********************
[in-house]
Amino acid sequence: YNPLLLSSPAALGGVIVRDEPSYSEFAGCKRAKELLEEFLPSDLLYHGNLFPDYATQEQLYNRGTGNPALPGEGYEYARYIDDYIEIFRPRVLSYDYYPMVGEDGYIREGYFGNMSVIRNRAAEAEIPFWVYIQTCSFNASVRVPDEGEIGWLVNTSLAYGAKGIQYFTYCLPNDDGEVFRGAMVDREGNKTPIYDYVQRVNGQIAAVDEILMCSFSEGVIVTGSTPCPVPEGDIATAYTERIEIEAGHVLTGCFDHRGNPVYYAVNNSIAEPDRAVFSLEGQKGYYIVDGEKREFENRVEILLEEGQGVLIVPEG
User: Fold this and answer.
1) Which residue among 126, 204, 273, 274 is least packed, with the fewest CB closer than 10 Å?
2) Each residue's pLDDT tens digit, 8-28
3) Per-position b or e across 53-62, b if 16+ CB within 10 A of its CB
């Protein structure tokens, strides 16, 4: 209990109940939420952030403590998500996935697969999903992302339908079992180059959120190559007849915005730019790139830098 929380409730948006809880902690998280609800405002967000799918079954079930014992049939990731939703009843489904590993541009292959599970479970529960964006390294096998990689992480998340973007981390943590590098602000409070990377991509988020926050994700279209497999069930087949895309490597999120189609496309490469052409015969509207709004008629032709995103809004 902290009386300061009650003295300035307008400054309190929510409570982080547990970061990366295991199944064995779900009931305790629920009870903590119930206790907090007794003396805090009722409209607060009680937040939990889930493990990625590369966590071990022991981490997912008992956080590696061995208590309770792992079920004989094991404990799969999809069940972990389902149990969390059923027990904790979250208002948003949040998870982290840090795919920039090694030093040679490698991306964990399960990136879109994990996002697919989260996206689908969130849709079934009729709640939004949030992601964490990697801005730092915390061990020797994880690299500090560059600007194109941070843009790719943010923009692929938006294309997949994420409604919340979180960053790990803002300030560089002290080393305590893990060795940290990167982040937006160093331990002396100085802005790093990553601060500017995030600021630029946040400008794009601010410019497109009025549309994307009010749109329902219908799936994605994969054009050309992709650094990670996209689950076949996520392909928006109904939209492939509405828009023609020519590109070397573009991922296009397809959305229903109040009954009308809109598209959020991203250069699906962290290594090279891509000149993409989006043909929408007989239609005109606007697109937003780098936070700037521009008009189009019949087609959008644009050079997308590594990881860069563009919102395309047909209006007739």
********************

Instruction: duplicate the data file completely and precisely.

[in-house]
Amino acid sequence: YNPLLLSSPAALGGVIVRDEPSYSEFAGCKRAKELLEEFLPSDLLYHGNLFPDYATQEQLYNRGTGNPALPGEGYEYARYIDDYIEIFRPRVLSYDYYPMVGEDGYIREGYFGNMSVIRNRAAEAEIPFWVYIQTCSFNASVRVPDEGEIGWLVNTSLAYGAKGIQYFTYCLPNDDGEVFRGAMVDREGNKTPIYDYVQRVNGQIAAVDEILMCSFSEGVIVTGSTPCPVPEGDIATAYTERIEIEAGHVLTGCFDHRGNPVYYAVNNSIAEPDRAVFSLEGQKGYYIVDGEKREFENRVEILLEEGQGVLIVPEG
User: Fold this and answer.
1) Which residue among 126, 204, 273, 274 is least packed, with the fewest CB closer than 10 Å?
2) Each residue's pLDDT tens digit, 8-28
3) Per-position b or e across 53-62, b if 16+ CB within 10 A of its CB
């Protein structure tokens, strides 16, 4: 209990109940939420952030403590998500996935697969999903992302339908079992180059959120190559007849915005730019790139830098 929380409730948006809880902690998280609800405002967000799918079954079930014992049939990731939703009843489904590993541009292959599970479970529960964006390294096998990689992480998340973007981390943590590098602000409070990377991509988020926050994700279209497999069930087949895309490597999120189609496309490469052409015969509207709004008629032709995103809004 902290009386300061009650003295300035307008400054309190929510409570982080547990970061990366295991199944064995779900009931305790629920009870903590119930206790907090007794003396805090009722409209607060009680937040939990889930493990990625590369966590071990022991981490997912008992956080590696061995208590309770792992079920004989094991404990799969999809069940972990389902149990969390059923027990904790979250208002948003949040998870982290840090795919920039090694030093040679490698991306964990399960990136879109994990996002697919989260996206689908969130849709079934009729709640939004949030992601964490990697801005730092915390061990020797994880690299500090560059600007194109941070843009790719943010923009692929938006294309997949994420409604919340979180960053790990803002300030560089002290080393305590893990060795940290990167982040937006160093331990002396100085802005790093990553601060500017995030600021630029946040400008794009601010410019497109009025549309994307009010749109329902219908799936994605994969054009050309992709650094990670996209689950076949996520392909928006109904939209492939509405828009023609020519590109070397573009991922296009397809959305229903109040009954009308809109598209959020991203250069699906962290290594090279891509000149993409989006043909929408007989239609005109606007697109937003780098936070700037521009008009189009019949087609959008644009050079997308590594990881860069563009919102395309047909209006007739």